Spring time in West Texas is known for warmer weather, budding flowers, and of course, thunderstorms. Spring storms are most known for the severe threats they bring like hail and tornadoes, but another issue that *seems* less worrisome is the potential for flooding. This is actually that severe weather threat that causes the most deaths each year in the United States which is why it is so important to know the differences in each flood type.
Senior service hydrologist and meteorologist at the Lubbock National Weather Service, John Lipe, describes the differences between the flooding products that they issue. “A Flood Advisory is typically a nuisance flooding. In all of the southwest are streets or storm sewers. So you only need a quarter of an inch of rain, up to an inch, and you’re going to have street flooding because that’s where the water goes to get to the playa, to run off.” A Flood Advisory is the least severe type of flooding product.
A step up from the Flood Advisory is the Flood Warning. Lipe explains. “The Areal Flood Warning is kind of the intermediate product. The difference between that and the Flash Flood Warning is that the Flash Flood Warning is generally for life threatening flooding. A Flood Warning is a lot more widespread and impacts your flow of traffic through town in a significant way. But because we don’t have channels, your car is typically not going to get washed off the road, and that’s when you issue a Flash Flood Warning if people are going to be swept off the road.”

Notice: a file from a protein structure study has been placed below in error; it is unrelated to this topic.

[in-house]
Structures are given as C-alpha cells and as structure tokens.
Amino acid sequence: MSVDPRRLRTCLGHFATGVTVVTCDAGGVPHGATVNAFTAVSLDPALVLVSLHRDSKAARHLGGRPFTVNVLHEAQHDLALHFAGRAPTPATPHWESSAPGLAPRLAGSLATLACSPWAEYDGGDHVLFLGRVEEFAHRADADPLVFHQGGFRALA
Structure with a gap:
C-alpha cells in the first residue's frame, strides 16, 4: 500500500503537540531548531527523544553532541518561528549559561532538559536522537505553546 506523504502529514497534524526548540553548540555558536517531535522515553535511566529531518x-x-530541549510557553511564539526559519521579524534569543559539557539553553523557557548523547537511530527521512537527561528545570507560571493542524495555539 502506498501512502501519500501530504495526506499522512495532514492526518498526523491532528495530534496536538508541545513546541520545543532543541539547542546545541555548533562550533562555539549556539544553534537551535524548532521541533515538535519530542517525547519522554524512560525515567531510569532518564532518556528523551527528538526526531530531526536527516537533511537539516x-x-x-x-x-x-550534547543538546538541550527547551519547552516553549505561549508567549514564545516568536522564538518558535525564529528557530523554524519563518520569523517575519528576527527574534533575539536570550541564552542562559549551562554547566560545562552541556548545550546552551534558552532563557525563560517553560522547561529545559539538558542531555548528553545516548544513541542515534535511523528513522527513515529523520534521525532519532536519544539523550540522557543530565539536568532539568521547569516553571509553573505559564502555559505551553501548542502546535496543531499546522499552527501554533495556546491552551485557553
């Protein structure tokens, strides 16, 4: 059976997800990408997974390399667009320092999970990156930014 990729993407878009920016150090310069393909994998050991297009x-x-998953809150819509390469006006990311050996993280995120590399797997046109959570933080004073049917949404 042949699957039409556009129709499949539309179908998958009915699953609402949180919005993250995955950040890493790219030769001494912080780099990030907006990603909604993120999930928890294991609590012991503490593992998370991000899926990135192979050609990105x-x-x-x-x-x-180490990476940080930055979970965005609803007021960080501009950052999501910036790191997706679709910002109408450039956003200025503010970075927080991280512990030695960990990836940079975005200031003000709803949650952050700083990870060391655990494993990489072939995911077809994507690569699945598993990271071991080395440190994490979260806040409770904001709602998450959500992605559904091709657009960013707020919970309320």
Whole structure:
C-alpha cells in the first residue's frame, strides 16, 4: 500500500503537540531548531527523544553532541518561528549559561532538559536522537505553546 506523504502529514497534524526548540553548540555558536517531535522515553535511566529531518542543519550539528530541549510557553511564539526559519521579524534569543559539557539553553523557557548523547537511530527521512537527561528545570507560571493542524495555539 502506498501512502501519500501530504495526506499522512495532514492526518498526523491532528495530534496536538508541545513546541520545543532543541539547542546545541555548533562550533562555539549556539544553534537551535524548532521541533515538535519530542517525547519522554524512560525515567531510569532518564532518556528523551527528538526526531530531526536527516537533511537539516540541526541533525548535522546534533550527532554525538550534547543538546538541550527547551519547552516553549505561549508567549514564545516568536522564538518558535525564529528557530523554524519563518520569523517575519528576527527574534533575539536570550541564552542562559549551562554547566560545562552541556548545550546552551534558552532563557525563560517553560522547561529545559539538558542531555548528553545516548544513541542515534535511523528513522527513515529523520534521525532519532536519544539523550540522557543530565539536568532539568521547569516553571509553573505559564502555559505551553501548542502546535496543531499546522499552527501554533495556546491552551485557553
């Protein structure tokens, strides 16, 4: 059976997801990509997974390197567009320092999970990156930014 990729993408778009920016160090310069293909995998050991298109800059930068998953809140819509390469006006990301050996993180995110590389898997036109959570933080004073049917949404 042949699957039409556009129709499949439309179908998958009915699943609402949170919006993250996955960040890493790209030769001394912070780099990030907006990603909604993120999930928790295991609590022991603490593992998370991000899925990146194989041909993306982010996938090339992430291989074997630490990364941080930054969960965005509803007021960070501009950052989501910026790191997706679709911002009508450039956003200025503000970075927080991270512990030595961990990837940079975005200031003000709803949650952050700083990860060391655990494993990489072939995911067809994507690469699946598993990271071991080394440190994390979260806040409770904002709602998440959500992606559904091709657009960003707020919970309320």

A Flash Flood Warning is the most serious and life-threatening type of flooding because it can come out of nowhere. Here on the South Plains, Flash Flood Warnings don’t typically get issued that often because of the lack of topography here. However, as nighttime sets in and the threat for flooding continues, then a Flash Flood Warning will most likely be issued.
Of course if you come across flooding, Lipe says to avoid driving through it. “If you don’t feel like you know the depth of what that water is typically around here, don’t drive into it. For several reasons. First, you may stall your car out. Second, even if you go through it, the water gets into your bearings and the lower components of your engine and everything, and it causes damage whether you realize it or not. Typically with flooding around here, especially in town, you can avoid those heavily flooded intersections by driving through a neighborhood and just get around it. But don’t drive in areas where water covers the road to an unknown depth.”